Gering High School student Will Larson is already deep into his career path, and he’s only a junior.
Larson recently started an apprenticeship at CS Precision Manufacturing. He’s the first from the school to have a Youth Registered Apprenticeship.
Last year, Gering High School’s Skilled and Technical Trade Career Pathways program was revamped, Dean of Students Mario Chavez said. Part of the mission was to give students a chance to apply what they are learning in the real world.
“So, naturally, a registered apprenticeship is the capstone step in making sure that our students are gaining the skills that they need, and then getting out into the workforce and putting those skills to work,” Chavez said.
Gering High School and CS Precision Manufacturing held a signing ceremony in front of the school on Thursday.
It also helps students establish soft skills, such as being on time and interviewing correctly, Chavez said.
“You know, I think registered apprenticeship is essential for every student,” he said. “Whether that’s possible or not, I think we’re going to strive to get as many Gering High Students into a registered apprenticeship that we can.”
The Youth Registered Apprenticeship program is made available through the Department of Labor, with most apprenticeships paid. Larson will receive a certification after finishing his manufacturing apprenticeship, but first he must complete 2,000 hours of work. He’s got about a year and a half to two years to do so.
Jill Wineman, human resources director at CS Precision Manufacturing, said the company is excited to have Larson on board. She said the company wanted to get involved after learning about the program, in an effort to meet the demands of the industry and encourage students to stay in the area.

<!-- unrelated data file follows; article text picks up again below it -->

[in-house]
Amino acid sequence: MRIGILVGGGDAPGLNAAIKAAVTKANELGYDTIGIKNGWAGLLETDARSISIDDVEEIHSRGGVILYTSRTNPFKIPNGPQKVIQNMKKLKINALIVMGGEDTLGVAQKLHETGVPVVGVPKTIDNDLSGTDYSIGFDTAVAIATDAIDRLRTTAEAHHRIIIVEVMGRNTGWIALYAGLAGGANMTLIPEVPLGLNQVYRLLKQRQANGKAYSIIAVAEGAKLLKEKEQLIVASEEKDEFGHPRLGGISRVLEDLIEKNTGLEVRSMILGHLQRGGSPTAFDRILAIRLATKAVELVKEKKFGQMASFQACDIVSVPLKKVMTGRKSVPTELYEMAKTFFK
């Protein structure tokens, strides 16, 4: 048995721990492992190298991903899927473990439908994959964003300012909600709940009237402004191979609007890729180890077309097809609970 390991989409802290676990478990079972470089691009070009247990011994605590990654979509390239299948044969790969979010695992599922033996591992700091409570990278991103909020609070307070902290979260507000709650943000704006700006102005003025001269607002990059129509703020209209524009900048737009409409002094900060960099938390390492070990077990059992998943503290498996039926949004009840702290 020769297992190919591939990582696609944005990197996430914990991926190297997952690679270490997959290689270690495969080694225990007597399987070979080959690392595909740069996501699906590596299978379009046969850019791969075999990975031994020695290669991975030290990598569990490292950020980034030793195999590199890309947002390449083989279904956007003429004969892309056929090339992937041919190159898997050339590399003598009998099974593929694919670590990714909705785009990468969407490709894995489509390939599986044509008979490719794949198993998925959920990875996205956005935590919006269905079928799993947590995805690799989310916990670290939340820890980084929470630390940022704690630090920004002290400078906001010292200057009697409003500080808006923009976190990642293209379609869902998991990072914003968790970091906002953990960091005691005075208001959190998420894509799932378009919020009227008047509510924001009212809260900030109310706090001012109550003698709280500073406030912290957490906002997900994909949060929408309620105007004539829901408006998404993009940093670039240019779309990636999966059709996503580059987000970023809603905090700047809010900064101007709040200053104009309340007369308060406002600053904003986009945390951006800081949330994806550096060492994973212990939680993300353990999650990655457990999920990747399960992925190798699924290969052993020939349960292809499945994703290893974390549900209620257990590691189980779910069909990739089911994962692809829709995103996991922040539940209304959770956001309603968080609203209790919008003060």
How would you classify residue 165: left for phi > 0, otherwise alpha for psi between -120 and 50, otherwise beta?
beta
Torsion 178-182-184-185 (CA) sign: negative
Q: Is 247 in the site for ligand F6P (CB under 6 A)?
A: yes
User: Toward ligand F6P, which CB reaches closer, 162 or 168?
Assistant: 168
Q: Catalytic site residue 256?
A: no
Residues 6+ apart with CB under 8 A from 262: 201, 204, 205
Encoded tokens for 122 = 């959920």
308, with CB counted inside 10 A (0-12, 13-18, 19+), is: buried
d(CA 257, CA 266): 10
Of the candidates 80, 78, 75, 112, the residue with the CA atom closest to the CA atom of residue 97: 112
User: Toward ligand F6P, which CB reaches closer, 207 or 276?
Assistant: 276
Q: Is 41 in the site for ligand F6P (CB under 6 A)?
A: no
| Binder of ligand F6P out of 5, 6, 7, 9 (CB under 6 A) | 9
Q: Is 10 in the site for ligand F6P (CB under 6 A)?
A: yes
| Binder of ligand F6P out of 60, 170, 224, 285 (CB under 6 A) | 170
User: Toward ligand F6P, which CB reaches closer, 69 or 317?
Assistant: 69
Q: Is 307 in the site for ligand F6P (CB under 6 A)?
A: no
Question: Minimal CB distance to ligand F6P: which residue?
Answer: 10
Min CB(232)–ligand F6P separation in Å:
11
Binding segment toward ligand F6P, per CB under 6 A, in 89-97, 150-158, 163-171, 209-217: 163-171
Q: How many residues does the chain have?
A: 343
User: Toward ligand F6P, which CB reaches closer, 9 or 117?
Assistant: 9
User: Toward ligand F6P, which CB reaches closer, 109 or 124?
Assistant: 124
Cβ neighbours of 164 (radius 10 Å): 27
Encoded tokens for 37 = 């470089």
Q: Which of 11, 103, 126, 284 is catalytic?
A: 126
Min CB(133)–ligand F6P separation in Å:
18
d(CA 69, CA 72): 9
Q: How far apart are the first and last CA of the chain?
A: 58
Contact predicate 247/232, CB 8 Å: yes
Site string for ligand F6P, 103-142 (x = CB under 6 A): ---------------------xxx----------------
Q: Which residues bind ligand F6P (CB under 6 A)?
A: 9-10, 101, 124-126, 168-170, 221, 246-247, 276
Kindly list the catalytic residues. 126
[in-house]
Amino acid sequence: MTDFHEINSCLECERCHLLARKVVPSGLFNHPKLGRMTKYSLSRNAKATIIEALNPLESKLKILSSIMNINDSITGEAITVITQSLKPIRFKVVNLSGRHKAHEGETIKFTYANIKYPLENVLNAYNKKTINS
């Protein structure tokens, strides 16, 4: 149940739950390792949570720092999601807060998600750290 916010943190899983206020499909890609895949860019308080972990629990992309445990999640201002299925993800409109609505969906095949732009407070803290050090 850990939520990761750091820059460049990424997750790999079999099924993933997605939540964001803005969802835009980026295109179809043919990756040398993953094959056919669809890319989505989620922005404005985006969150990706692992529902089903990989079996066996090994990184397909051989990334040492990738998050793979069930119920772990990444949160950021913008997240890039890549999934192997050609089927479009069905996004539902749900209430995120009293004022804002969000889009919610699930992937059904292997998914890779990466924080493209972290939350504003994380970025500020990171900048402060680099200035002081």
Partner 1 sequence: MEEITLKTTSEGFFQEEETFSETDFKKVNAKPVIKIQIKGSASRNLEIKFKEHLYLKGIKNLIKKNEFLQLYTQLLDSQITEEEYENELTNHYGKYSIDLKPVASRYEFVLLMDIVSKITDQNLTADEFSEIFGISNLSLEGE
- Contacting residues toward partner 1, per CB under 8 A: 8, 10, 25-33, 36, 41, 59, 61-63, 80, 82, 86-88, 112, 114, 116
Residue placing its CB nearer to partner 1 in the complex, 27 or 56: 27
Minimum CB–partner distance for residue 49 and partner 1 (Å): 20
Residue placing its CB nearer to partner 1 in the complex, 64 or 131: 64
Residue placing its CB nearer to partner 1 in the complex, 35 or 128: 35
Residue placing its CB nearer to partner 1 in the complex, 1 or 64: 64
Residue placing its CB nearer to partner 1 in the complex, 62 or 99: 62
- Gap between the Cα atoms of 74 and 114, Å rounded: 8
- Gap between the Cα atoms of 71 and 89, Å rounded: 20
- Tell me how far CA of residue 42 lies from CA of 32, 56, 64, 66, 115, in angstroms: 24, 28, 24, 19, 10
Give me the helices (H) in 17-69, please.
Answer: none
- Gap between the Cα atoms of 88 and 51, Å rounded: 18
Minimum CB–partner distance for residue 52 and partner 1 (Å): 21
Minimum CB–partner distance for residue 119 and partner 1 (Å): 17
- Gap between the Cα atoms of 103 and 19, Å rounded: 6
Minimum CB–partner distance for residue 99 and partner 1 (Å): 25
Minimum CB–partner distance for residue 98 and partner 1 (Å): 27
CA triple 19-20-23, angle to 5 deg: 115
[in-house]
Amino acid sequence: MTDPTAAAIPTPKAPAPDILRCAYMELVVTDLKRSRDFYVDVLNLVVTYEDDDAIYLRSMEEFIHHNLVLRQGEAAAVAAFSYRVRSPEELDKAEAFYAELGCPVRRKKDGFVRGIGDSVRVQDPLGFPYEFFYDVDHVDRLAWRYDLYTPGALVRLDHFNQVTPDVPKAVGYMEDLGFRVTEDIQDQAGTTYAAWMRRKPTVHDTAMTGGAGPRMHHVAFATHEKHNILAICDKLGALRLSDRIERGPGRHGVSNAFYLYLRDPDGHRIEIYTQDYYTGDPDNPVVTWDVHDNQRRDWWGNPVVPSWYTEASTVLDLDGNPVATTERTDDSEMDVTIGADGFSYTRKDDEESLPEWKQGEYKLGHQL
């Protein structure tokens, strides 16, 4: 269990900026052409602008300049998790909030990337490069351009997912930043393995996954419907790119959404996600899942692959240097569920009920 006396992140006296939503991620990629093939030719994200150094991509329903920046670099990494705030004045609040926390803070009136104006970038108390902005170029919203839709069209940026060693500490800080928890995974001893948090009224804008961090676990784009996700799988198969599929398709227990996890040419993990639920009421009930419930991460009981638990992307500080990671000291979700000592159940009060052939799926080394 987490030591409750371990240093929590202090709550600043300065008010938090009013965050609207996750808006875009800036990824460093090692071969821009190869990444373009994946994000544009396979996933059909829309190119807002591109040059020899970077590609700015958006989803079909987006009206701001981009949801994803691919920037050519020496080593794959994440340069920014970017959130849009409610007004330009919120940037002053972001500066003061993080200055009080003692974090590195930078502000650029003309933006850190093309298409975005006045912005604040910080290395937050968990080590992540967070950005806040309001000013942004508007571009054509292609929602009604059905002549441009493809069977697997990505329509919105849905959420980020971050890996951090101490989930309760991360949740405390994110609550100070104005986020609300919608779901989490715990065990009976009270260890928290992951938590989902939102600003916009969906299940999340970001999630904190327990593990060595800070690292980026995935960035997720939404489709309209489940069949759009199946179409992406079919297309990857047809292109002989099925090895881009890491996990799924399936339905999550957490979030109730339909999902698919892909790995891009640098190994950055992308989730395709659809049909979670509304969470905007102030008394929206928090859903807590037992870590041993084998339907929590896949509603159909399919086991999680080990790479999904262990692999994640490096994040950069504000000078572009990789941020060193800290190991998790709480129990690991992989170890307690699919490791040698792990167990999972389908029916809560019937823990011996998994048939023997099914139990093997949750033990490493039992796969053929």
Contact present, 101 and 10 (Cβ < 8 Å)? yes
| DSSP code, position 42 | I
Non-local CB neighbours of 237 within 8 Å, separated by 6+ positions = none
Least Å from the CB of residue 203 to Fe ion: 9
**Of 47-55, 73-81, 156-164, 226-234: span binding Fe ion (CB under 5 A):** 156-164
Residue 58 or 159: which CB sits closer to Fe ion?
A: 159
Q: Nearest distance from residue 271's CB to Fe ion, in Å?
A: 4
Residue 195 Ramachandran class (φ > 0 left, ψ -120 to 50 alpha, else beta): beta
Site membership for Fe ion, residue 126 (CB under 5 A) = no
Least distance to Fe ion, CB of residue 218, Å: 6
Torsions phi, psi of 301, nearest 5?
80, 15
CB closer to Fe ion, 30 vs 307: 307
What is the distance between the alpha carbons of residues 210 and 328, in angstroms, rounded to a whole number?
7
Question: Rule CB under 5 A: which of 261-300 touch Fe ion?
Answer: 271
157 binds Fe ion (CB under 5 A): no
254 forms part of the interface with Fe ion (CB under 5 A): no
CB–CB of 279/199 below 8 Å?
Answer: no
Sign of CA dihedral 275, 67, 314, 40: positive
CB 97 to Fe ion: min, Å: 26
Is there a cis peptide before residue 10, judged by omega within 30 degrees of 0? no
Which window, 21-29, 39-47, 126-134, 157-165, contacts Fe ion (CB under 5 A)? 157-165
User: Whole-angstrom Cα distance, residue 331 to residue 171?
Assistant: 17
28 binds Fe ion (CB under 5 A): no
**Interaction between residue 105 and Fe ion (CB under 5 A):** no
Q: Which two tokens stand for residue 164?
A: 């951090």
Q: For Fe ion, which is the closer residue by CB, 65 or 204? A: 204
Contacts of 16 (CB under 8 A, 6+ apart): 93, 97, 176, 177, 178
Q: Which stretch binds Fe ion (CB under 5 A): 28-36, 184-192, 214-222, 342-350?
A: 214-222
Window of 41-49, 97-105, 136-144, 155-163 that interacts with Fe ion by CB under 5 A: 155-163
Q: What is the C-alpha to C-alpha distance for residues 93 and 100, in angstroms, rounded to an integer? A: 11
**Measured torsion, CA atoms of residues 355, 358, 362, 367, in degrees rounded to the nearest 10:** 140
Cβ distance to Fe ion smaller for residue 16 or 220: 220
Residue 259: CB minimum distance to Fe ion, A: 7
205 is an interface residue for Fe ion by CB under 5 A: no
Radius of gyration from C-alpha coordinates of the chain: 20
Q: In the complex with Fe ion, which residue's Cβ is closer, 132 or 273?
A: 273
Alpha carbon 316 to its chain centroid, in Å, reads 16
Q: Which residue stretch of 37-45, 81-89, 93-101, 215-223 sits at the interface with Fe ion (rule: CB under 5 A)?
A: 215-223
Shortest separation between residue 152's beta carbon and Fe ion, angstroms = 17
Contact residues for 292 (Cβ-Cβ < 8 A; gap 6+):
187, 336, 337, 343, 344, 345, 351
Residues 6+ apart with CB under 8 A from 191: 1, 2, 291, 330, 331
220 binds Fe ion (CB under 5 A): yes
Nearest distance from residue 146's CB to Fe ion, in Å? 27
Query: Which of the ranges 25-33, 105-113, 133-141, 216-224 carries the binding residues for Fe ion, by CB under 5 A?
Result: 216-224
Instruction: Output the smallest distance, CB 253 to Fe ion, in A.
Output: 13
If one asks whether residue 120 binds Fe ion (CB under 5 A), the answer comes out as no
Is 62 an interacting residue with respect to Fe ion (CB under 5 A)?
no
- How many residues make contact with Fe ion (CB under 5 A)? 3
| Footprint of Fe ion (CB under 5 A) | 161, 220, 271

“As an employer, we think it’s a great opportunity,” Wineman said. “We have continually grown year after year, and so we’re looking for people who want to learn a skilled trade.”
As of now, the program is geared toward juniors and seniors, but it may be expanded in the future. Regardless, it isn’t as simple as a student just signing up.
“It’s a very lengthy selection process,” said Chavez.
Larson sat in on a meeting about the position with about 35 other students, which was then narrowed down to 15 who were interested. Five of those were given interviews and Larson was selected.
Larson said he was excited to chosen for the program. Initially, he was supposed to begin during the fourth quarter, but COVID-19 delayed things. He was able to start working a few days ago and he’s enjoying it.
Michelle Wyre of the Nebraska Department of Labor attended the signing and congratulated Larson.
“We want to wish you every success in your endeavor,” she said.
Larson is currently the only apprentice, but more partnerships are in the works, Chavez said, including one in the diesel mechanic field. While the focus is currently on technical careers, Chavez plans to push for a registered apprenticeship somewhere in the ag program as well.
“It’s a great opportunity,” he said. “Will is going to pave the pathway for future students.”